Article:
THE BLOG
12/31/2012 06:44 pm ET Updated Mar 02, 2013

So Done With Moving On

Forging a resolution -- on New Year's Day or any other -- requires knowing history, understanding context, and keeping both close. But our favorite phrases of the moment -- "I'm moving on" and "I'm done" -- suggest we haven't learned that lesson.

We use these ubiquitous expressions as stand-alone nuggets of intent. Embroiled in difficulties at work that require time and attention to sort out? Declare "I'm moving on." Overwhelmed by tangled emotions in your love life? Just move on! Any problem or conflict will resolve itself, we think, if only we apply the magic moving-on formula. Even more dismissive and less engaged is the close-faced announcement "I'm done." "I'm done" creates a void. It cares for nothing but itself.

It has always been standard to say you're done with an assignment, meaning you've completed a task, but the new, paste-that-label-and-walk-away usage "I'm done," with no prepositional phrase following it, stops discussion and even suppresses thinking. The only way to be even more categorical about your unwillingness to belong to any given situation is to amp it up with an intensifier: "I am so done."

Movement per se enjoys unprecedented status in today's talk. We used to aspire to progress. We learned to embrace change. These days, simply moving on is our objective. Riding the surface of the river of time, we refuse to recognize what's in the water.

It has been said that the signal feature of modernity is the individual's sense of detachment (a renowned French singer croons, in an appropriately broken voice, about l'ultra modernesolitude). When we deny context, community, and connection, moving on looks easy. The problem is that thinking we travel without baggage is an illusion. We are not made afresh; we don't shed our history.

The United States is a famously optimistic society; our belief in the possibility of self-transformation runs deep. Go west, young man, and become someone different. We trade on our past and present in favor of the future, and our language reflects our priorities. In the era of flower power, the affirmation "Today is the first day of the rest of your life" was everywhere, to the point where it became the vitamin-packed publicity slogan for Total cereal. Life was to be approached with hope and energy; every day invited New Year's-type resolve. But the phrase did at least pay its respects to time already lived; it targeted therest of life rather than life divested of attachments and roots. The past, that shaper of the present, still had to be taken into account.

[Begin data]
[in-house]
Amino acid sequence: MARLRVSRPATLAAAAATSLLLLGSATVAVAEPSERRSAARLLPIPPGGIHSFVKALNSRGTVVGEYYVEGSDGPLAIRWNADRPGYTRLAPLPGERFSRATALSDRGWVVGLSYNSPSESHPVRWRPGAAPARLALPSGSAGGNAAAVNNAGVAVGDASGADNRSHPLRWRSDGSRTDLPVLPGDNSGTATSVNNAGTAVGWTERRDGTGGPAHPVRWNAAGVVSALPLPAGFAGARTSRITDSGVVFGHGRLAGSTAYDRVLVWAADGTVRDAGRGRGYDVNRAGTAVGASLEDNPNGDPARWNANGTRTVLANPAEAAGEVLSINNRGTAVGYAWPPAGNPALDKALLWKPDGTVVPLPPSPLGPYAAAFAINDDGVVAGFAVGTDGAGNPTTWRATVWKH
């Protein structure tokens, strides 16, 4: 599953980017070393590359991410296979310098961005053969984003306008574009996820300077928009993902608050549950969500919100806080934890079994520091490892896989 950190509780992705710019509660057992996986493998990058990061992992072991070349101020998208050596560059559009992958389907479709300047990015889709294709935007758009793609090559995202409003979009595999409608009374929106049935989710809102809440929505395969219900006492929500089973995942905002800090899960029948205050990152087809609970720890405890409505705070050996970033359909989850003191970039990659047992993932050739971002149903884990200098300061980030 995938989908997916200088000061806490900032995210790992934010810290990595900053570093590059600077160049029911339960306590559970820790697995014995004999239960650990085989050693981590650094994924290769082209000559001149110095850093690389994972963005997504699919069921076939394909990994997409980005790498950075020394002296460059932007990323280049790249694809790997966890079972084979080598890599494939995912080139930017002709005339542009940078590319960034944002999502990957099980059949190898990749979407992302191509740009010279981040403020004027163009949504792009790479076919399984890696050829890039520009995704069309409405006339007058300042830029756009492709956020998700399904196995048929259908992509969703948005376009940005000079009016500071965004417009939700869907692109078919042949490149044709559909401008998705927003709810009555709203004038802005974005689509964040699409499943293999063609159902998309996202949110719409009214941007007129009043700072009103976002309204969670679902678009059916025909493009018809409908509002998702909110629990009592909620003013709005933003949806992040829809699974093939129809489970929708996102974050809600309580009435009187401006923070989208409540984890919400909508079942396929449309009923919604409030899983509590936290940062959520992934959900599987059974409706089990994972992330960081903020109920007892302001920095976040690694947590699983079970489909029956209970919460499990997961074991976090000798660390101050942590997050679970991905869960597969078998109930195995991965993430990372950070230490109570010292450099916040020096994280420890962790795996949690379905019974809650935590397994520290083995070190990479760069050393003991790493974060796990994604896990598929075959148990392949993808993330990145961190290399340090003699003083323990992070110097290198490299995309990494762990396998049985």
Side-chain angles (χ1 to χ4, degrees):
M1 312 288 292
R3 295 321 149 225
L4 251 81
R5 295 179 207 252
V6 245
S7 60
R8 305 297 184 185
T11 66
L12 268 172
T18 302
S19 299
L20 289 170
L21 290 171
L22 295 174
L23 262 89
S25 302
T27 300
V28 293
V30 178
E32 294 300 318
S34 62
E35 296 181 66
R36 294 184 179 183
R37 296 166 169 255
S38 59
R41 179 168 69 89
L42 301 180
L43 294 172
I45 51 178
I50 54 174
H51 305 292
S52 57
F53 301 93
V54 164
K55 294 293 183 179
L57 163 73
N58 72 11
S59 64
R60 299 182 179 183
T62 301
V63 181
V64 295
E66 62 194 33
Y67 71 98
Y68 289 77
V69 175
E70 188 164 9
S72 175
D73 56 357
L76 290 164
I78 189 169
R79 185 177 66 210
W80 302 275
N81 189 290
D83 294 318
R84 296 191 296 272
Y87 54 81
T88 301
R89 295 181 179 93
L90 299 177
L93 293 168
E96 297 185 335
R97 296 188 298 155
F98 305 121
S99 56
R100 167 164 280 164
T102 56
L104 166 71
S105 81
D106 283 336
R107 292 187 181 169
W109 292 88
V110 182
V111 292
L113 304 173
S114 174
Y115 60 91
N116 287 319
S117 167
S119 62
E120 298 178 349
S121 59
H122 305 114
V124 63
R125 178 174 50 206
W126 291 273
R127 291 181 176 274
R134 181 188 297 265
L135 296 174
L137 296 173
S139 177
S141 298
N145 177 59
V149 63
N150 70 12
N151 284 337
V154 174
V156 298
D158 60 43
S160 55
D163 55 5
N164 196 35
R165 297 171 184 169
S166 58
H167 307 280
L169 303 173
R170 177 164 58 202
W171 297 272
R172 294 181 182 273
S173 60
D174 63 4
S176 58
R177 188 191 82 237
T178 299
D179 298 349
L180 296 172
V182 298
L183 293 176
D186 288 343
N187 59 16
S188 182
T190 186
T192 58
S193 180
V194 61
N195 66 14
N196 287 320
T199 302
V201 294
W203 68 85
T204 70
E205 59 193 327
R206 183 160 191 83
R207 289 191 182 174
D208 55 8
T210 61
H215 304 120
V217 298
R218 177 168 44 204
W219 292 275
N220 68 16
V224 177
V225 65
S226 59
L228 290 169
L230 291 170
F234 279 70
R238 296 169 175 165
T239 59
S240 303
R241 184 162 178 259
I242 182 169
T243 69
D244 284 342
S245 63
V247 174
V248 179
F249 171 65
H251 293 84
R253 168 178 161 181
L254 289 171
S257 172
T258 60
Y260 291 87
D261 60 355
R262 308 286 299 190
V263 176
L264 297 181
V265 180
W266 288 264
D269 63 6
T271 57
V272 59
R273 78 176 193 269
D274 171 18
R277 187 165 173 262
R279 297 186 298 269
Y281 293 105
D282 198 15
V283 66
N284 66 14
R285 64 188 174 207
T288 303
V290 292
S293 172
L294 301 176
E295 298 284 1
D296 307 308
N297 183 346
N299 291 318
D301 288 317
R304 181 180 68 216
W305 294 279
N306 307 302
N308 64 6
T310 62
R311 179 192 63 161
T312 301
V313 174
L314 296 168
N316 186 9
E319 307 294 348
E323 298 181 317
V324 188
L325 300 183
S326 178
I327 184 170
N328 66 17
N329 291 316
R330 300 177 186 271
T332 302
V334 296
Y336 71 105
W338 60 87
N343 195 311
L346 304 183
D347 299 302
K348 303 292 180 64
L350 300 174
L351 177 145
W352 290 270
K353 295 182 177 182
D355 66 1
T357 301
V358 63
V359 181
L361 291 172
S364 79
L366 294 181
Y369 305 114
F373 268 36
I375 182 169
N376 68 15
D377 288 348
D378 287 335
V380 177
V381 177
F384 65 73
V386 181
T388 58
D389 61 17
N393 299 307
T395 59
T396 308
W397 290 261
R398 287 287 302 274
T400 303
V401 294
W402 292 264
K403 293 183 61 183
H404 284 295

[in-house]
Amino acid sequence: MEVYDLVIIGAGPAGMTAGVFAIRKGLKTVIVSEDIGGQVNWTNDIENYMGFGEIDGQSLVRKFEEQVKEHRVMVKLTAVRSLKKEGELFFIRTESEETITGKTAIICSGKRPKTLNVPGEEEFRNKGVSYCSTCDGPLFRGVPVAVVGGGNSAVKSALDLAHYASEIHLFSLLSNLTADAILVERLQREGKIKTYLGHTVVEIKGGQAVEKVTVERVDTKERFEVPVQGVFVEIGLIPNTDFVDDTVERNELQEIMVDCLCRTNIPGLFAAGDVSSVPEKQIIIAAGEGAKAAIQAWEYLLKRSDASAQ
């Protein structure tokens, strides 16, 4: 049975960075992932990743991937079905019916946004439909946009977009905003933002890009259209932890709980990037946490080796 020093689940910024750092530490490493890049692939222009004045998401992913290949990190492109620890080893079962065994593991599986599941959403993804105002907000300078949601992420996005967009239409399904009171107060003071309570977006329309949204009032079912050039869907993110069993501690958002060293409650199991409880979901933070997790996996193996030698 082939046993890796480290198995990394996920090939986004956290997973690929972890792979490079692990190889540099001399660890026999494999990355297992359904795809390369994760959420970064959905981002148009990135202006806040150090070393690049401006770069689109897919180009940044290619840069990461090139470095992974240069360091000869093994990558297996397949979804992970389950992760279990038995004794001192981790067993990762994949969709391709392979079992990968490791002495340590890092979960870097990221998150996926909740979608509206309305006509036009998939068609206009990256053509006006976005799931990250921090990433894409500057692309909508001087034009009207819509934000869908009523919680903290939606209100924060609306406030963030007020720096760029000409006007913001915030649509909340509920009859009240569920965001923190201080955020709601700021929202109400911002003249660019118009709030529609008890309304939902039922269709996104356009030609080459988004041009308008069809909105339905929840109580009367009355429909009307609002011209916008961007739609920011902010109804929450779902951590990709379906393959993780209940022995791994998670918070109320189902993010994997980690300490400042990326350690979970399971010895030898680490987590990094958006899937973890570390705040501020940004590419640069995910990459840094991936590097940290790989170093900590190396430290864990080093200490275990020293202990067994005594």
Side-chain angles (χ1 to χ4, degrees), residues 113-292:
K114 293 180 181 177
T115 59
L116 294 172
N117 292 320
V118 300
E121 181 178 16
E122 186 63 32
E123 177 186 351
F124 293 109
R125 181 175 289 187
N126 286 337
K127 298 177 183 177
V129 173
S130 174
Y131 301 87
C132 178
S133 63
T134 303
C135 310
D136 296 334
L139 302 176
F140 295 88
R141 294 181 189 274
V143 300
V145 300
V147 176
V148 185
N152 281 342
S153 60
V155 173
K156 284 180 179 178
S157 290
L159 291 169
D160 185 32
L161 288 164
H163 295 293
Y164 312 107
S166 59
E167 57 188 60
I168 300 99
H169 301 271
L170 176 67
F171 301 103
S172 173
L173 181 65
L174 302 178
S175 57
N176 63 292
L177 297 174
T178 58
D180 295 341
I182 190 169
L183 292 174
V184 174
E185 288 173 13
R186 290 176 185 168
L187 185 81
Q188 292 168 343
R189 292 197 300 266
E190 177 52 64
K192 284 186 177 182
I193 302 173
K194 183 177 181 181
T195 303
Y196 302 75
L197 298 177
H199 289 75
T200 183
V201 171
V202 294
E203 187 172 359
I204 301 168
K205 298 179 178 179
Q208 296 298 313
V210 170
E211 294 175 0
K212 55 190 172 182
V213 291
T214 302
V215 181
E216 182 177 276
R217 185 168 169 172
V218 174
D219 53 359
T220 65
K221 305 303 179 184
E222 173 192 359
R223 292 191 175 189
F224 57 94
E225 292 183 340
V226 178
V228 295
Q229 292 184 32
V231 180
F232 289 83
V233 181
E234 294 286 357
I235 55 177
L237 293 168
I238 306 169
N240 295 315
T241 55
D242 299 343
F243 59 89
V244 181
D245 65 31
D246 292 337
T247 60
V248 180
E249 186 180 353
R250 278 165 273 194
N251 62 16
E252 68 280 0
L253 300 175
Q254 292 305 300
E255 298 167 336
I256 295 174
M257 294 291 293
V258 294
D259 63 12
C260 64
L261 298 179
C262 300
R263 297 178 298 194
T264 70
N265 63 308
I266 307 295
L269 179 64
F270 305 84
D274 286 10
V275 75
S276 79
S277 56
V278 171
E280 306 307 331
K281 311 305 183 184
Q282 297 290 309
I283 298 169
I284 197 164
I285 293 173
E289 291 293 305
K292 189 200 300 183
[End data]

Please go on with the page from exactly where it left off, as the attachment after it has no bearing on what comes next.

More recently, we've dealt with time past by calling for "closure"; getting closure, whether on pain inflicted, wrongs perpetrated, or suffering suffered, has become something of a quest. "I need to get closure on this," we say, and others nod understandingly. But as in most quests, the goal remains elusive. The language of closure doesn't cancel the past entirely; it recognizes something out there, still pressing on the present, wanting to butt its way in. But it seeks to fend it off. To decide how effective that is, consider whether shutting the door to your office or bedroom actually makes the outside environment disappear.

In 2012, "done" is often all we have to say about the past -- our past, individual or collective. Instead we look to move on, or, when djinning up more cheer, to move forward. The plain vanilla announcement used to run "In the future, we'll meet on Tuesdays." Now that the sentence has become "We'll meet on Tuesdays moving forward," those get-togethers sound a lot cooler. As long as movement is in the plan, the purpose, value and consequences of action seem immaterial.

To be sure, the cultural horizon has room for every attitude and its opposite. To all the language that values motion, we can oppose two other expressions currently in vogue: "We are where we are," and its close cousin, "It is what it is." Both evoke stasis, or at least pause; you might think they invited reflection on a challenge, or assessment of a difficulty. Not so. They are circular expressions, which, like "I'm done," point to nothing beyond themselves. They are lazy. Like "moving on," they allow those who use them to skirt discussion. They foreclose dialogue or participation. They recall Gertrude Stein's more poetic "a rose is a rose is a rose," but lead listeners to conclude about the speaker that, as Stein also once said, "there's no there there."

For the new year, let's recognize what is there, and take it with us into 2013. Let detachment become engagement, and dispersion meet focus. Let surface skimming give way to exploration, and the urge to dismiss be replaced by the will to persevere. Perception and memory bring us to a sense of fullness; "moving on" maintains us in a blank. Our resolutions won't definitively resolve things, and we will never, in fact, be done -- but neither should we desire to be. We can do better than that.

Andrea Tarnowski is a professor of French and Comparative Literature at Dartmouth College. She is a Public Voices Fellow with The OpEd Project (www.theopedproject.org).